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Travel & living abroad
Last updated at 12:58 (UK time) 26 Nov 2010

Registering a birth

Newborn baby. © Steve Cole/Getty ImagesIf your child is born outside the UK and is British you can register the birth with the nearest consulate or with our consular department in London if you’ve returned to the UK. You don’t have to do this, but if you do your child will be given a British document and the birth will be registered at the General Register Office in the UK. This is called Consular birth registration

This is not a UK birth certificate and should not be used as one. It should not take the place of the locally issued birth certificate.

Consular birth registrations do not confer British nationality and are not required to register your child as a British citizen or to apply for a British passport as British nationality is passed from parent to child. Your child will need to have an automatic claim to British nationality in order to register their birth.

There is no requirement for a consular birth registration to be done for any birth that has occurred overseas. The original birth certificate issued by the authorities in the country in which the birth took place, along with a notarised translation if necessary, is sufficient for all purposes in the UK (including passport applications).

Please refer to the Home Office for more information on British nationality

Before applying for consular birth registration

If your child is born outside the UK, you must register the birth with the civil authorities in the country of birth. You are unable to apply for a consular birth registration without the local (overseas) birth certificate.

Exceptions

Please note that, because of their close links to the UK and documents being issued in English, we can’t register births which occurred in the following countries:

  • Australia
  • Canada
  • New Zealand
  • Republic of Ireland
  • South Africa
  • Overseas Territories

We also can’t register a birth if the parents were born overseas and are only British by descent. Nor can we register the birth of a non-British child who has been adopted by British parents.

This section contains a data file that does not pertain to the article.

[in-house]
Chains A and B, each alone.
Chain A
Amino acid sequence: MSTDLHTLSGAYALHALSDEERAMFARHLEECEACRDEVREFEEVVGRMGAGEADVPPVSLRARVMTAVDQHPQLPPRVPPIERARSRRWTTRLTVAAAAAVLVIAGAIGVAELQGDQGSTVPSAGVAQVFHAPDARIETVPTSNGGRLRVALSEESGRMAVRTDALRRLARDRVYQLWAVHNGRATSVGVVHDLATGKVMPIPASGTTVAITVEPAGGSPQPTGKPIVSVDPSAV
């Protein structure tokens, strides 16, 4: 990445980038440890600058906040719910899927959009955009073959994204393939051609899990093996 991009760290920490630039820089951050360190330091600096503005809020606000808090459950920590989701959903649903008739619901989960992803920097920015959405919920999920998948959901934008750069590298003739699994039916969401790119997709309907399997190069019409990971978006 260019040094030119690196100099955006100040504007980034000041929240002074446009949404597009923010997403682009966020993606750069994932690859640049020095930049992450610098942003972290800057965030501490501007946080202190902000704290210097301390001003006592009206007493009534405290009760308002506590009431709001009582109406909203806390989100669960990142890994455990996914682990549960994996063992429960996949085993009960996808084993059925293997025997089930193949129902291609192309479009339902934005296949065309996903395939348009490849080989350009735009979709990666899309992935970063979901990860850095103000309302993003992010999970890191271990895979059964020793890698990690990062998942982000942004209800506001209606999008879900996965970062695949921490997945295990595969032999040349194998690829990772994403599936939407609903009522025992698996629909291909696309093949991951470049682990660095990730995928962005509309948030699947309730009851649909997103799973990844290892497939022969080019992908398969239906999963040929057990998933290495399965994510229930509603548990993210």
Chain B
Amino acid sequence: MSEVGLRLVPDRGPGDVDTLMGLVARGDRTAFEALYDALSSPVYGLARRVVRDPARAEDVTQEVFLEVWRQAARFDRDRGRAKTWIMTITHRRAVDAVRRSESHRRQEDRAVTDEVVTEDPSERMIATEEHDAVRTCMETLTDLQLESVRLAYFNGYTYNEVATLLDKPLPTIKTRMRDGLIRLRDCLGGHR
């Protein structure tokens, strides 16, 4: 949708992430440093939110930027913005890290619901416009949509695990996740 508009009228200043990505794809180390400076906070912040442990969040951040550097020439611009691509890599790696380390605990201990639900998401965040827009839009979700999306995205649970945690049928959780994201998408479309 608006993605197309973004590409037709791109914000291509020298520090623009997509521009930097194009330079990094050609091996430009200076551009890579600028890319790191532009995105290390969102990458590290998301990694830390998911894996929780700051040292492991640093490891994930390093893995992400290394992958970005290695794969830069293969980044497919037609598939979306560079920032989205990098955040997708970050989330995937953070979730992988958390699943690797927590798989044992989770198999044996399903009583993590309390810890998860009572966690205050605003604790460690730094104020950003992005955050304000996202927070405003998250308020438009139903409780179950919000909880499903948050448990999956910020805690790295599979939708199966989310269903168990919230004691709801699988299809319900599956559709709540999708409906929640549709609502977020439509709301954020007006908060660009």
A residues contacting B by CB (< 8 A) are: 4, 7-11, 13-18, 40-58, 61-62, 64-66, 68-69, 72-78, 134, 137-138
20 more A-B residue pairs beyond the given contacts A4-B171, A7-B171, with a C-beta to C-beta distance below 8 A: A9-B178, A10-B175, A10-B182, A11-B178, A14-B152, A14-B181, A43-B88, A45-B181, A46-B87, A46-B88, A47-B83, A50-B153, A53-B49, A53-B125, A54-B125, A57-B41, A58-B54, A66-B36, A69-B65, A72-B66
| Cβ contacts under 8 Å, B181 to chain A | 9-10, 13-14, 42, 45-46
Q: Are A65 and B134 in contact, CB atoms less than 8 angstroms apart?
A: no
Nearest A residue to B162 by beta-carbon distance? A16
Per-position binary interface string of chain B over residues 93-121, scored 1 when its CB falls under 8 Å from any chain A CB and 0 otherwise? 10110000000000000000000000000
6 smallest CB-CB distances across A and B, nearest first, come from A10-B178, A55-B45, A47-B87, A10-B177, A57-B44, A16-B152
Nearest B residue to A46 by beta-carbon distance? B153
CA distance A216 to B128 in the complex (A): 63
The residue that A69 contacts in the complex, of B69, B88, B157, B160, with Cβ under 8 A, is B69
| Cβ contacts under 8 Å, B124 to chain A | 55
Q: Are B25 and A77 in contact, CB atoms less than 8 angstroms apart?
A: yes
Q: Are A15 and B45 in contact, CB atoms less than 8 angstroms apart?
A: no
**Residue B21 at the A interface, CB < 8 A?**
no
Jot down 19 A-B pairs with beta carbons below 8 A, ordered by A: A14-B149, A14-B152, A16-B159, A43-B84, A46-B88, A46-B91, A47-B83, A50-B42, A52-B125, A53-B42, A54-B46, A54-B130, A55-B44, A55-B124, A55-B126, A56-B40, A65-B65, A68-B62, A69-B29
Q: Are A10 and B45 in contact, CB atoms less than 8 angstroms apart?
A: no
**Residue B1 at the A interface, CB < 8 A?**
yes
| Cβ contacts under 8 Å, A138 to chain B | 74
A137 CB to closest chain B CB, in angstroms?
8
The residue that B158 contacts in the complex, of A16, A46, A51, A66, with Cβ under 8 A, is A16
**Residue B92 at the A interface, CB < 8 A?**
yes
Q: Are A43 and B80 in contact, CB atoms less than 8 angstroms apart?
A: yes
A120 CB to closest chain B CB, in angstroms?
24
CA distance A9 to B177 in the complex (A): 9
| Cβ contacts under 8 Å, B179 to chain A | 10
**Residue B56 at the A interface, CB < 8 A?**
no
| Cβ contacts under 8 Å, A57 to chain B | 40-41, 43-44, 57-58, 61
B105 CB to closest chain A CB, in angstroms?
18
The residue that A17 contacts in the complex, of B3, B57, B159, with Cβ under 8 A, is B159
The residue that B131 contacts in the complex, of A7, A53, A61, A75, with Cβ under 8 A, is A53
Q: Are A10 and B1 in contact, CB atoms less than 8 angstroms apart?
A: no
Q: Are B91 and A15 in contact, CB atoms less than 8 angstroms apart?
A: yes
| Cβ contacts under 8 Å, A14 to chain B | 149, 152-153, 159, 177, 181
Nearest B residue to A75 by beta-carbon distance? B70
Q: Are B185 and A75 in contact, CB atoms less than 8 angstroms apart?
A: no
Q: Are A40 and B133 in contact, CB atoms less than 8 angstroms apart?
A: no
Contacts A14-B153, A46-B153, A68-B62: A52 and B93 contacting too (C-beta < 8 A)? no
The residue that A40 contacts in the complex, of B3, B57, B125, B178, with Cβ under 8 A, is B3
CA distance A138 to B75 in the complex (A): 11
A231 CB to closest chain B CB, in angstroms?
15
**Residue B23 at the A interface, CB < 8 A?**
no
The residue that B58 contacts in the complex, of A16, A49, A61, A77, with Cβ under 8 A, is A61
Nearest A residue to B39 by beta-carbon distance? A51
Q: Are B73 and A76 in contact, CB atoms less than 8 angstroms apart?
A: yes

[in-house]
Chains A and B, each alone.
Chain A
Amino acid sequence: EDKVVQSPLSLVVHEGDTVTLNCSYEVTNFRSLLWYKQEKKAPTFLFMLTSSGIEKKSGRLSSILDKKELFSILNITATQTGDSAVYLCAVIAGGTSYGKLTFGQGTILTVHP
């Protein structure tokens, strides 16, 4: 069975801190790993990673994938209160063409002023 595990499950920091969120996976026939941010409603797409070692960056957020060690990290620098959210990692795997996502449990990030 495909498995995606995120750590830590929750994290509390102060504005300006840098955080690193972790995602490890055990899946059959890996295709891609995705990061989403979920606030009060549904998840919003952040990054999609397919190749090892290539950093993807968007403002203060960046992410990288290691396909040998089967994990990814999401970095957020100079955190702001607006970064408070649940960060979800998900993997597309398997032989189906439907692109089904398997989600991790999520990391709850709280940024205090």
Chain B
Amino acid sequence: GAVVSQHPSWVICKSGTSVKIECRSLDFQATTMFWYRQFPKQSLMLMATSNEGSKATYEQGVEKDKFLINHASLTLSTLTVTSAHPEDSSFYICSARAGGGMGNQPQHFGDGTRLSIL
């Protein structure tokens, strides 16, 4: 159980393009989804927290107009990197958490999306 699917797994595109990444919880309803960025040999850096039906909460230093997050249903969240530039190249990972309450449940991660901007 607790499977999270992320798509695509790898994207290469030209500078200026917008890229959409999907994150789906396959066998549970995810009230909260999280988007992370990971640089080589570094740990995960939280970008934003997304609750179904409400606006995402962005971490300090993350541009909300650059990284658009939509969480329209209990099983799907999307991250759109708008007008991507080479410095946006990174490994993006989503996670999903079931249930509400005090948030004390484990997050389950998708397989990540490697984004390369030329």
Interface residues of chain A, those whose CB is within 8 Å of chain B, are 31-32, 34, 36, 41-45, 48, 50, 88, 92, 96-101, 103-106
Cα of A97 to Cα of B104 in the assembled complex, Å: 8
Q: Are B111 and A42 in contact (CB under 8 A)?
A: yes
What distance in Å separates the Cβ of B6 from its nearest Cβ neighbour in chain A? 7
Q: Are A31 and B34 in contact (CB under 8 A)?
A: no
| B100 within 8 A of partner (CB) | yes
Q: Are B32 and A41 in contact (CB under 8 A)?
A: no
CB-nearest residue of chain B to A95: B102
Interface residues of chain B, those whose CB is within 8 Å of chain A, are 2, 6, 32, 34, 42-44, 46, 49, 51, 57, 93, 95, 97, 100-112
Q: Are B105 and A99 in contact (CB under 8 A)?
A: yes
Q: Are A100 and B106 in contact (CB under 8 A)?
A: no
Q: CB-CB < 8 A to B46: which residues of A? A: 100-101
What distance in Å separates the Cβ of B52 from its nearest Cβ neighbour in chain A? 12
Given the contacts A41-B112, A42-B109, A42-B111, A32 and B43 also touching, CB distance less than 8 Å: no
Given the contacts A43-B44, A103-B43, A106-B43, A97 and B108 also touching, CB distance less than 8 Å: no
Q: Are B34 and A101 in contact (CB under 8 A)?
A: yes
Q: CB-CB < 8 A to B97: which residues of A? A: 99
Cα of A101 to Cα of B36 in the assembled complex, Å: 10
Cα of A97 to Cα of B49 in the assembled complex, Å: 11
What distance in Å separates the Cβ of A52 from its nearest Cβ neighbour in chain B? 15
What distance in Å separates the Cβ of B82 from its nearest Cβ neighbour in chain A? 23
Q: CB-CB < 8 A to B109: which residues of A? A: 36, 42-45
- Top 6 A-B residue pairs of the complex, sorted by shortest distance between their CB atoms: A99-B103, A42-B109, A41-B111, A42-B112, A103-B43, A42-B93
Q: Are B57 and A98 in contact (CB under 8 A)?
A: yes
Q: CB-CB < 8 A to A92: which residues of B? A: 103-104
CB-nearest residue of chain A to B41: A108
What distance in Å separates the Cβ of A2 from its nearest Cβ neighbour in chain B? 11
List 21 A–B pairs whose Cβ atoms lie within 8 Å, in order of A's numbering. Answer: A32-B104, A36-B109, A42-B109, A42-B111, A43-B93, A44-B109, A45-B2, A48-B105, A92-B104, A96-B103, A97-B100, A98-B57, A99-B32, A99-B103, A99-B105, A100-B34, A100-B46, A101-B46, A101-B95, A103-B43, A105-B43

The standard of registration in these countries is similar to that of the UK.

Consular birth registrations in Pakistan and Nigeria

The British High Commissions in Pakistan and Nigeria receive a high number of fraudulent applications for consular birth registrations and have introduced a system of interviews for all applicants. Checks may also be made with the local authorities to ensure that the documents provided as part of the application are legitimate. Because of the time involved in making these extra checks it may take several months for a consular birth registration to be done and certificate issued.

There is no requirement for a consular birth registration to be done for any birth that has occurred overseas. The original birth certificate issued by the authorities in the country in which the birth took place, along with a notarised translation if necessary, is sufficient for all purposes in the UK (including passport applications). If you do decide to make an application for a birth registration in Pakistan or Nigeria you need to contact the relevant High Commission directly: please do not apply to this office. You will be expected to attend an interview at the High Commission in the country in question and all associated travel costs must be met by you.

Contact details for the High Commissions can be found at:

www.ukinpakistan.fco.gov.uk
www.ukinnigeria.fco.gov.uk

These changes are introduced with immediate effect and will also effect any applications currently being processed.

What documents do we need to provide?

You can apply for consular birth registration at your nearest British Embassy or Consulate if you live abroad, or the Foreign & Commonwealth Office if you live in the UK. Your application will be sent to the British Embassy or High Commission in the country your child was born, who will asses your child's claim to British nationality. Once this has been established, the birth will be registered and any certified copies requested by you will be sent to you.

In the first instance, you will need to provide:

  • child’s civil overseas birth certificate (If the child was conceived as a result of a surrogacy arrangement on or after 6 April 2009 we are able to accept a hospital notification where the surrogate mother's civil partner is not named on the child's overseas birth certificate.)
  • mother’s full length British birth certificate (or Home office naturalisation or registration certificate if born outside of the UK).* If the mother is not British, we require a photocopy of their passport or birth certificate.
  • father/second female parent’s full British birth certificate (or Home office naturalisation or registration certificate if born outside of the UK)*If the father/second female parent is not British, we require a photocopy of their passport or birth certificate.
  • parents marriage certificate or civil partnership registration
  • One current British passport